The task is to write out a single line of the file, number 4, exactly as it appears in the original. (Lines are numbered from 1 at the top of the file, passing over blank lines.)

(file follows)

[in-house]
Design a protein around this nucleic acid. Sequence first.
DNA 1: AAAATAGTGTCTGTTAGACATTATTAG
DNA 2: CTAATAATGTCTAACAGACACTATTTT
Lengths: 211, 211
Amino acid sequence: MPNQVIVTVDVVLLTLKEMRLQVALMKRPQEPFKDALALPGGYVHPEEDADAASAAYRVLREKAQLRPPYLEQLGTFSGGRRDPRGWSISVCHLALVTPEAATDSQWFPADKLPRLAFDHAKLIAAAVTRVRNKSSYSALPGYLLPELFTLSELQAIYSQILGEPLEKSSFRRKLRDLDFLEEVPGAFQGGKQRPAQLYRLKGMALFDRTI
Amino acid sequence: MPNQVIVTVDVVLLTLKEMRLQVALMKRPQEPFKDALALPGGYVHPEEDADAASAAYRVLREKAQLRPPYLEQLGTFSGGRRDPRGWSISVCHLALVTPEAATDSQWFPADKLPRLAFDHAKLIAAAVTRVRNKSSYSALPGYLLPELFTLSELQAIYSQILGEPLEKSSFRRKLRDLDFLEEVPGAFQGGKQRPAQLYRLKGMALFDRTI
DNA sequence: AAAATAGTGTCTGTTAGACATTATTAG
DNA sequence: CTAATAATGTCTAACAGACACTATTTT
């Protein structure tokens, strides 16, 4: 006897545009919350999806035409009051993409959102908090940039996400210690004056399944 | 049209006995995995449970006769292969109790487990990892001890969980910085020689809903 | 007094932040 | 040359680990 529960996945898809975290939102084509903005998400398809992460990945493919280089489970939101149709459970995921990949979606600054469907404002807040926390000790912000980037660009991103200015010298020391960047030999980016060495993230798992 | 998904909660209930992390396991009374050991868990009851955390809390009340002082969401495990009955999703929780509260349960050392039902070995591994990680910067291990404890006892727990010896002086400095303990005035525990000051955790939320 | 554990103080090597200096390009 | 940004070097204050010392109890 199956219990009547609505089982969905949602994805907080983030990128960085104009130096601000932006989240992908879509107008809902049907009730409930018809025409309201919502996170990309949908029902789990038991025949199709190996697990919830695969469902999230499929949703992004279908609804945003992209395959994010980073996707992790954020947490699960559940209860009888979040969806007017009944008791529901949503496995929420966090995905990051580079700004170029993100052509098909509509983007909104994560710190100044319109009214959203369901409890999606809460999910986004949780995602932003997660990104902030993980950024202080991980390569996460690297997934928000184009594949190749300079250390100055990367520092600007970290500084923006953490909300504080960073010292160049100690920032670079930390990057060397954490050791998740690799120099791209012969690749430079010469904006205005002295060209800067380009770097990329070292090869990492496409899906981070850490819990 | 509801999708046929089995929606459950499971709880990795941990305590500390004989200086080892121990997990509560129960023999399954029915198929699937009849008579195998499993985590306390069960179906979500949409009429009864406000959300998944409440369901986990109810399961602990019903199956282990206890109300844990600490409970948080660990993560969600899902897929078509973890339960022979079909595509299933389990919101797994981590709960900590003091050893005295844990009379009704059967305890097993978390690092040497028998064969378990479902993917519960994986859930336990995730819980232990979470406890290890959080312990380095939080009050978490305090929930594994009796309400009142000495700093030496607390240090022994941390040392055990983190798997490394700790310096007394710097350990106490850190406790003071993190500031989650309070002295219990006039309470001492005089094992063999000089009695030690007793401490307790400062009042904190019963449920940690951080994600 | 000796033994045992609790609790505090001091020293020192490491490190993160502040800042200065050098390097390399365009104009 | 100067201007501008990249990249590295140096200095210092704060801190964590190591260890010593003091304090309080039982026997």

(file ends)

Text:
DNA 2: CTAATAATGTCTAACAGACACTATTTT